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There seems to be a fairly overt consensus among thrashers on I Hear Black as the official shark jumping of New Yorkers Overkill, but I have to admit I had a slightly differing perspective, already feeling diminishing returns from their music since about 1988. True, there were a few tracks here or there that kept my blood boiled in anticipation for whatever they'd issue next, but Horrorscope ground me to a dead stop, and naturally, with so much of my beloved sub-genre disintegrating through the 90s, I had little expectations for Overkill's future. I Hear Black, the sixth full-length, was one I acquired as part of one of those mail order music club deals, a dozen CDs for a penny or something like that, so I hardly felt burned by its lack of much redeeming, but this is one case where I must defer to the majority: Overkill really dropped the ball this time, and even if I found its next eldest sibling a disappointment, this was worse by several orders of magnitude.
The production is partly to blame. Though they were reuniting with Alex Perialas, who handled some of the band's best albums, I Hear Black comes off dry, dull and lifeless, similar to some of Flotsam & Jetsam's output in the 90s; as if there were some earnest attempt to deliver the band in some sort of stable cubicle/studio sterility to ramp up their chances with the masses that had already fled thrash metal to grunge, alternative and gangsta rap. The guitars, while clean and surgical in their execution, have little staying power, and while Verni's bass flutters along with its ritual, ear rupturing celerity, it seems to follow along with the guitar lines too closely. The band's next drummer, Tim Mallare had joined the fold here, and while he does a respectable job with some decent crashing and thumping, he does not have all that much to work with as far as the songwriting. As for the vocals, Blitz is still quite himself, though they experiment more with multi-tracking, panning effects and other techniques to layer complexity into the music (as in "Just Like You" or "Dreaming in Columbian"), where they should have been working more on making the riffs and choruses stick.
This catches a lot of flak for its 'groove' elements, but let's be clear: there is nothing wrong with a band going down this route if the music is well-written. A lot of great metal albums of any decade include 'grooves' to them, so the fact that this trait has in retrospect become such a pariah of the scene is perplexing to me. In I Hear Black, most of these aspects take on the form of post-Hendrix/Zeppelin rock and roll redolent of what you'd heard from Pantera, Corrosion of Conformity or Black Label Society in this decade. With songs like "Undying", this sort of pacing provides a skeletal structure to which they attempt to add atmosphere by screaming the chorus, and it just doesn't work because the riffing sequences are banal and uninspired. Where a band like Sabbath or Trouble crushed you with its colossal curvature, Overkill has always come across as wimpy when exploring this territory, from the dull earlier "Skullkrusher" to the misfires here like "Spiritual Void" or "Ignorance and Innocence". This album needed speed and excitement, but what manifests is sluggish or mid-paced disinterest...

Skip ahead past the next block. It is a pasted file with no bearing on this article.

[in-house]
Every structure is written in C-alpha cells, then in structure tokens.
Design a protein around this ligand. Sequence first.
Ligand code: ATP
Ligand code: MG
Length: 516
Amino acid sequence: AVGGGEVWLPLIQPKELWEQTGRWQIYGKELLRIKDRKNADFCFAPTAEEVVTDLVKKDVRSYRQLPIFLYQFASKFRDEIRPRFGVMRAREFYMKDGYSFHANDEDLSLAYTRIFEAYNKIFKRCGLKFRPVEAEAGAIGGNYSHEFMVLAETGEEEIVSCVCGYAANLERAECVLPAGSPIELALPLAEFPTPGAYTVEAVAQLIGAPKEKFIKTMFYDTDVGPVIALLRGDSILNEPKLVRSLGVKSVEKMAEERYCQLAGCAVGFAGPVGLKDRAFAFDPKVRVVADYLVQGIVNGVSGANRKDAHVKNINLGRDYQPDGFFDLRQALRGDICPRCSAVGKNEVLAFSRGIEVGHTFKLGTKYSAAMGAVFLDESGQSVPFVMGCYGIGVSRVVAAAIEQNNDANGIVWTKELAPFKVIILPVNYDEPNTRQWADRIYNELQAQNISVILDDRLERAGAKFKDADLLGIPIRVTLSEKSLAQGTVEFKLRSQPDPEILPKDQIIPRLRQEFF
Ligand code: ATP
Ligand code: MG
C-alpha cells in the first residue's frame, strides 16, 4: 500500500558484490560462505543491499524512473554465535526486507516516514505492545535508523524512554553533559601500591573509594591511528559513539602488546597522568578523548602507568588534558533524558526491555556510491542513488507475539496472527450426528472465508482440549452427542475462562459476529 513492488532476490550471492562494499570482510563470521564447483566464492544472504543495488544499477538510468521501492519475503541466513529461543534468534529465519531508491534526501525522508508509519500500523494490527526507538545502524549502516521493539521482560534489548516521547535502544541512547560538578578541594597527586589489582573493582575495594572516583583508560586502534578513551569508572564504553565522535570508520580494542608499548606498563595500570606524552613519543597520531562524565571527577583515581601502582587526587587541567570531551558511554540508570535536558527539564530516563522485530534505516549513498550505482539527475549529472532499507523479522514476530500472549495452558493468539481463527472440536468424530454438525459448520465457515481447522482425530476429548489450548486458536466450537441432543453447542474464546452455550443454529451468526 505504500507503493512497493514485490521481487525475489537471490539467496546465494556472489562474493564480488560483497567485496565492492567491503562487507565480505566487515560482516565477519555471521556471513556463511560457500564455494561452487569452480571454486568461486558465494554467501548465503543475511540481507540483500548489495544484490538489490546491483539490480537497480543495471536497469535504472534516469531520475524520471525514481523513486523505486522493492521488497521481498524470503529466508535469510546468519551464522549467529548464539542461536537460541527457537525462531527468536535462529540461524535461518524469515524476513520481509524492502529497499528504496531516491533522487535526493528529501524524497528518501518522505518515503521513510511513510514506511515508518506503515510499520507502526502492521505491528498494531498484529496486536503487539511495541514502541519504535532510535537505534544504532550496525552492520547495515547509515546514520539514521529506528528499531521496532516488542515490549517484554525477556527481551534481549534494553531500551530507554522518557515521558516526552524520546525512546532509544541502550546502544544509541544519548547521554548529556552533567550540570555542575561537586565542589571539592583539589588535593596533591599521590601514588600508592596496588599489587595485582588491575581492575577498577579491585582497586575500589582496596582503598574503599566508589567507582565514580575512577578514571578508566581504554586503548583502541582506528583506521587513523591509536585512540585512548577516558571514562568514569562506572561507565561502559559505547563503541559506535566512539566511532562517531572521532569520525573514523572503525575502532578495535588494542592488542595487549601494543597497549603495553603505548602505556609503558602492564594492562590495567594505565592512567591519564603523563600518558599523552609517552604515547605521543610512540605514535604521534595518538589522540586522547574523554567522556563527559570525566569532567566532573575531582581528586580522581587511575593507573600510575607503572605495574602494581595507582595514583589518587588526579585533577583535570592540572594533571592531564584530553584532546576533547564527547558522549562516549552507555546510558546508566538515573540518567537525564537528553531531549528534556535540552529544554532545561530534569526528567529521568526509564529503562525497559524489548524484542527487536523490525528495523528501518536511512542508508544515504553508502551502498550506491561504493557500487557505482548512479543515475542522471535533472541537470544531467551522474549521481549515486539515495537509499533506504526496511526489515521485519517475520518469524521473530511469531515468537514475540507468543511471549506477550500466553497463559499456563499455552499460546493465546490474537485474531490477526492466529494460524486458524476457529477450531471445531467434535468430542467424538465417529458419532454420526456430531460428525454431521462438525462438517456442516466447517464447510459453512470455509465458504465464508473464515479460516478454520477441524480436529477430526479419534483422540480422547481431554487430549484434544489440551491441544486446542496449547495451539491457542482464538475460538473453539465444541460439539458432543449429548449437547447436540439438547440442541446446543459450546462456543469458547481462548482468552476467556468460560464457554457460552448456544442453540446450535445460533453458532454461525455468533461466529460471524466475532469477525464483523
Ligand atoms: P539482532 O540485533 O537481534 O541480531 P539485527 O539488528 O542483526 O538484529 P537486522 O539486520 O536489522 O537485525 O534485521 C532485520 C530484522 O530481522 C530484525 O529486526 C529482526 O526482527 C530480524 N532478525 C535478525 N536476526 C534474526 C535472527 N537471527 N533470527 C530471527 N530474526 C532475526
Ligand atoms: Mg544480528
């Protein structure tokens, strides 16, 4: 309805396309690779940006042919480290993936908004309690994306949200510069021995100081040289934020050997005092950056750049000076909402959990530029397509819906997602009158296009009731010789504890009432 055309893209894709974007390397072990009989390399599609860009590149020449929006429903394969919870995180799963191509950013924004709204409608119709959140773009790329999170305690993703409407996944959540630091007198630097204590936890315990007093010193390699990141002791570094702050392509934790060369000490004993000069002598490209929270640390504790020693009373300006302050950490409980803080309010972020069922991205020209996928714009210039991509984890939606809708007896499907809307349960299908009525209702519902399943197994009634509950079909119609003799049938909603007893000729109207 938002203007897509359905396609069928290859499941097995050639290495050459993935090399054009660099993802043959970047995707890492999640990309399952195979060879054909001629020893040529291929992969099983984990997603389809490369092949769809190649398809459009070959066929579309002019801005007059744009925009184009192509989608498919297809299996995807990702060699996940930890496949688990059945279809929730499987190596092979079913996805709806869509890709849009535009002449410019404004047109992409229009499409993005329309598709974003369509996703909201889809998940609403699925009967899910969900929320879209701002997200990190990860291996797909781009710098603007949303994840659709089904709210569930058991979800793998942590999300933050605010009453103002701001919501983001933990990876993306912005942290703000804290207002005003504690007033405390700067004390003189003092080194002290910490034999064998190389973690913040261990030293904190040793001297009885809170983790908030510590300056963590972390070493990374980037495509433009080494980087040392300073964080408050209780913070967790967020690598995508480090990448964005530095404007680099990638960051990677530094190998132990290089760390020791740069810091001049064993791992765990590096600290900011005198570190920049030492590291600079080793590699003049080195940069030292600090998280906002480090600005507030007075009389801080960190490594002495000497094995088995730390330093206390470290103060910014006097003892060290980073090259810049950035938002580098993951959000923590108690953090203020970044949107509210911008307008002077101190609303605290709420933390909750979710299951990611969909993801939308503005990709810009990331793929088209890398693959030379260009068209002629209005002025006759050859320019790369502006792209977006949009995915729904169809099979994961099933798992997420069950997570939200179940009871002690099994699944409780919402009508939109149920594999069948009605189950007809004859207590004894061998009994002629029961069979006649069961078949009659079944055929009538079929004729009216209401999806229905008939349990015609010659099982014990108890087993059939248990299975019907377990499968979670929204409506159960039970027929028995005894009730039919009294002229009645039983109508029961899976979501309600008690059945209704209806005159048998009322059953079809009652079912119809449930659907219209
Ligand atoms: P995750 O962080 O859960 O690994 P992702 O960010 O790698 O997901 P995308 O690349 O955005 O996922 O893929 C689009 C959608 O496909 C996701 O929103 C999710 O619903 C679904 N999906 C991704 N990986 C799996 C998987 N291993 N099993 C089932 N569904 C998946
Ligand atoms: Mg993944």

There are a few points where they attempt to concoct a more clinical, creative and progressive brand of thrash as in "World of Hurt" or "Dreaming in Columbian", but even these are infested with weak arsed riffs that one must struggle to retain in the brain 5-10 minutes after one experiences them. "Shades of Grey" is a trivial power ballad which mutates from cleaner guitars to vapid grooves, and no amount of layered vocal harmonizing is going to save it. The flanged, bass-driven instrumental "Ghost Dance" with its sparse chords and backing drum thump is completely ineffective, and ultimately there is not a single song on the whole of the record that can stand toe to toe with anything on the band's list of staple/classics. I don't think Verni and Blitz were completely compromising the band here, since it was a pretty direct line from its predecessors, but any notion of the album's 'expansiveness' is fully counteracted by its flaws, and while this is not so colossal a misstep as something like Diabolus in Musica or Load, both of which came later, I have no problem identifying I Hear Black as the nadir in Overkill's career. The 'orange and black' attack just wasn't working out for anyone.